4. Redundancy

This can take many shapes and forms, but essentially redundancy means belt and braces protection for your systems. A colocation centre has ingeniously laid cabling, for instance: what we call east and west routing, which means the power and connectivity to your rack are diversely routed in different directions out of the building, via discrete access points to multiple telecommunications carriers. Colo providers like Three also offer multiple data centres in different parts of the city, so you can house your computers in both centres and these can failover to each other: one will spring into action if the other meets a cataclysmic event, such as an explosion that destroys entire buildings.

Colocation and your IT team.

It’s important to remember that colocation doesn’t replace the need for your IT team. On the contrary, whether you use an in-house or external IT consultant, colo simply keeps the systems that the person is responsible for in an optimised physical environment. Remember that colo centres don’t tend to keep spare parts on site, for example. If your server dies, your IT person will still need to go on-site to make repairs and replacements.

Which is a good time to mention: anyone who attends the colo centre on your behalf needs to follow an established code of conduct which protects everyone whose equipment lives in the data centre. That covers everything from how your systems are cabled and labeled (clearly, according to the guidelines provided) to the amount of sloppy lunch food you’re allowed to bring onto the data centre floor (none, as you might expect).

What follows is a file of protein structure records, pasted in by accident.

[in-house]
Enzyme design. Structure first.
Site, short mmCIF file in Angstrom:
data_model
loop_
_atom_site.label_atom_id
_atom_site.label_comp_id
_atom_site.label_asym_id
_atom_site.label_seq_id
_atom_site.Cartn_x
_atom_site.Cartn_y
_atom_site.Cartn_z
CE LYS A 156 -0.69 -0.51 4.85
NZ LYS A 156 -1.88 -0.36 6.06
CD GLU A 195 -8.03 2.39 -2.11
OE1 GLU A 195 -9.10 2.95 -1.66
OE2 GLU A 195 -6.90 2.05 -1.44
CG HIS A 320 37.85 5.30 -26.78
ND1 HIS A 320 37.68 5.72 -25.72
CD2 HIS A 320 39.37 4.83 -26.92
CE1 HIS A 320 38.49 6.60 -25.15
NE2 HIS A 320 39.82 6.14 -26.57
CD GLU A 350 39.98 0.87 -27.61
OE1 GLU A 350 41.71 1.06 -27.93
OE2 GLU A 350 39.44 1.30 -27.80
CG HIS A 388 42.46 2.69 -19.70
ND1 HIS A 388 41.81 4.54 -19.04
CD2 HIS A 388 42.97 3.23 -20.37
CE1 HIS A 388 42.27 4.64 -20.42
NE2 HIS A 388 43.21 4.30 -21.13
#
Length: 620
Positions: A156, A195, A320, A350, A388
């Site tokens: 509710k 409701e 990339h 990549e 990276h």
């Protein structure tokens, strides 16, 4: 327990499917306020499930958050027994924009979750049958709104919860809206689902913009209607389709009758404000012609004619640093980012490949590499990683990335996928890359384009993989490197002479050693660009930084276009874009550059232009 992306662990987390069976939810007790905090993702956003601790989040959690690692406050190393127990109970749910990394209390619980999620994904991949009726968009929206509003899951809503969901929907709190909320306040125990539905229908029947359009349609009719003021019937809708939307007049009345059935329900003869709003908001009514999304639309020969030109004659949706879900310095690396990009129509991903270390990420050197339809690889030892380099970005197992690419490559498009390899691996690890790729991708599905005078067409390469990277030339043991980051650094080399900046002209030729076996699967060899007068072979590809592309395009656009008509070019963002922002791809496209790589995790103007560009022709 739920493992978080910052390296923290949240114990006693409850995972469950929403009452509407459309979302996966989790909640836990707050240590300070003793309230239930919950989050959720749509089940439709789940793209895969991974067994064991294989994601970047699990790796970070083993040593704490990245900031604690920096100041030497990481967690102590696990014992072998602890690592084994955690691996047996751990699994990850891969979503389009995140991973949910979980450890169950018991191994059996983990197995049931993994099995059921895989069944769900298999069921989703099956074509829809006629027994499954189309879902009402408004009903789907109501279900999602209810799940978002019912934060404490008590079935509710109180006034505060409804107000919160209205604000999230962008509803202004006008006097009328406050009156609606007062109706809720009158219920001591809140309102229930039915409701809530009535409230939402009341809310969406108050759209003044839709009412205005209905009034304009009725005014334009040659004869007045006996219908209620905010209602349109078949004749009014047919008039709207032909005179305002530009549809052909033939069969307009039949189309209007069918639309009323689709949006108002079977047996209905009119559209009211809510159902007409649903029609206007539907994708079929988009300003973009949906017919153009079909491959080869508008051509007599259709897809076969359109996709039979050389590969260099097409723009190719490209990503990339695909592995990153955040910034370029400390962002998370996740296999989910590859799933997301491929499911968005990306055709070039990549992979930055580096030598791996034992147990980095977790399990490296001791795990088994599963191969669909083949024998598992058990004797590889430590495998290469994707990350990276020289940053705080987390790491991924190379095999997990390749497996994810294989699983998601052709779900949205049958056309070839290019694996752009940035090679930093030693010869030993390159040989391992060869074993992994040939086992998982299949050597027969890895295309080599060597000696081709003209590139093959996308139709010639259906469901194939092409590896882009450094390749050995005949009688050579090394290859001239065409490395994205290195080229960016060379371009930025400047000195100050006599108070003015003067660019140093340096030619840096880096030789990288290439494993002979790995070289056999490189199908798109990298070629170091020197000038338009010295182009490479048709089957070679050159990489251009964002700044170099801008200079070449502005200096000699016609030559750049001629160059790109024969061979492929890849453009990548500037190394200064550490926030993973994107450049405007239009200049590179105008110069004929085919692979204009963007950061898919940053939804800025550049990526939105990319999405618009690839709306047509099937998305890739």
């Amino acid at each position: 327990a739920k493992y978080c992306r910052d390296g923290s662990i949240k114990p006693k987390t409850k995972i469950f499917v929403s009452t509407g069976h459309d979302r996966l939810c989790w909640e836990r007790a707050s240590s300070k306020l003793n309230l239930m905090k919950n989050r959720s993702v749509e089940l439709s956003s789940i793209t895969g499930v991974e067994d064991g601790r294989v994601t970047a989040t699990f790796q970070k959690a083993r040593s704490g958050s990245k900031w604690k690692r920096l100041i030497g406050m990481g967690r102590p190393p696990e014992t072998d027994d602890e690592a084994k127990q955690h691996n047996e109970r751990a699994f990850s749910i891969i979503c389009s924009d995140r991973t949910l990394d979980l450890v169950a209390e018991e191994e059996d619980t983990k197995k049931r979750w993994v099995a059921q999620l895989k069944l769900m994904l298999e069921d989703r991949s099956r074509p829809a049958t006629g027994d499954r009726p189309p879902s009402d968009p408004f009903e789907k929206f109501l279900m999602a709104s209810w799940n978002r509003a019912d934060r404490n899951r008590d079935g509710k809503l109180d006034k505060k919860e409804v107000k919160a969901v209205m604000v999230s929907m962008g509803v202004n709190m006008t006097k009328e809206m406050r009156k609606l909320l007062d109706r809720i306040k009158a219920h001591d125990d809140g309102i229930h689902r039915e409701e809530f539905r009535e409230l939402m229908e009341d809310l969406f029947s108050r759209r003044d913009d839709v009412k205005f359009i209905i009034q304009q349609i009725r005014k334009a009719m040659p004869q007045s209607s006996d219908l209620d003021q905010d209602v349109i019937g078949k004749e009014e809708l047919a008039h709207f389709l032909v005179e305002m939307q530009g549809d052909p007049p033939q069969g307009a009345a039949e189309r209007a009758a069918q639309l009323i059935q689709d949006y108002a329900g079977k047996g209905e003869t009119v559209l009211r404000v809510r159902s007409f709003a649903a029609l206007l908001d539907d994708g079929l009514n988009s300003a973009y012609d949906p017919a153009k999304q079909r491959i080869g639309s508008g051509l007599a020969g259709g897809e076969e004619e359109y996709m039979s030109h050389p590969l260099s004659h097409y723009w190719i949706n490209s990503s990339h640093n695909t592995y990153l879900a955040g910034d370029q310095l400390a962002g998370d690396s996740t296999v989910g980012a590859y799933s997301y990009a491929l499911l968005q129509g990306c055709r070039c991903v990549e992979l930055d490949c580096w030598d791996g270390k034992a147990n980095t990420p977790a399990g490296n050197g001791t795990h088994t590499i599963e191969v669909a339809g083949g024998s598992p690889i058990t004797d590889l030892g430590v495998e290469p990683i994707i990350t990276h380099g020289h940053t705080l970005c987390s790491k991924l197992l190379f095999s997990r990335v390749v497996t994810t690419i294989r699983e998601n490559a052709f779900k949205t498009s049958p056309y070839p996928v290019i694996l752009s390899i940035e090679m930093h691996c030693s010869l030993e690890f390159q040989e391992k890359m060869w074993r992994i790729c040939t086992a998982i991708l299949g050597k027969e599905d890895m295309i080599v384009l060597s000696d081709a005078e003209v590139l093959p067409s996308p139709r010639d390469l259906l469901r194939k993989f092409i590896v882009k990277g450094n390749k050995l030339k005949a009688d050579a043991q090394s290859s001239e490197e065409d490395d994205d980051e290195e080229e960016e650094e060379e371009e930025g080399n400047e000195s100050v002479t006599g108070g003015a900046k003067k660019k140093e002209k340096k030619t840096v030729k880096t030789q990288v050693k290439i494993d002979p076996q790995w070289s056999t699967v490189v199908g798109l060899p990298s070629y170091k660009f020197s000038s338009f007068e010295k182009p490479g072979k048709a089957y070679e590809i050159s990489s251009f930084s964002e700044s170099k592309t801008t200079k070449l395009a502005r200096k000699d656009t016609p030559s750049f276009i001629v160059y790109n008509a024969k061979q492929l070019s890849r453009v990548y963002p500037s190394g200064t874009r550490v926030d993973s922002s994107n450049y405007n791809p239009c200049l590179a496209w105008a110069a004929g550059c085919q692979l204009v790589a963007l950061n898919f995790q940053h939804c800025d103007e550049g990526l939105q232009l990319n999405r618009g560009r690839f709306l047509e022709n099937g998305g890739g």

Powering growth and reliability in your business

Colocation doesn’t decrease the amount of control or security you have over your business technology, it increases it. That 24-hour, optimised, climate-controlled environment for your systems is also available at a competitive price point, and much more affordably than you could build the same environment yourself.

As your business grows, you can simply extend your rack space in the colocation centre, and even move into other services which are already connected and ready to use at the centre, like Amazon AWS or Microsoft Azure cloud services. You may also opt for a hybrid solution, blending own-hosted and cloud-hosted services.

If your business is looking at moving to the cloud, an important first step is colocation in a data centre: moving into a data centre gets you closer to the points of presence for the major cloud services, so it’s only a small step to access these, once you’re ready.

With your systems available around the clock in an ideal environment, you can also start to think about how to leverage this no-fail connectivity to do more with your business. Could you offer new, 24-hour services to your customers, or even move into other geographies and time zones, if you didn’t have to worry about connectivity, ever?

Colocation doesn’t just benefit the large enterprise or one particular sector, we’re seeing companies of all sectors, sizes and types transforming their business through colocation. If you have your sights set on growth, and you want the confidence that your systems are secure, scalable and available 24 hours a day, colocation just might be the ideal next step for your infrastructure.

For more information, call our Business Advice team on 1800 200 017 or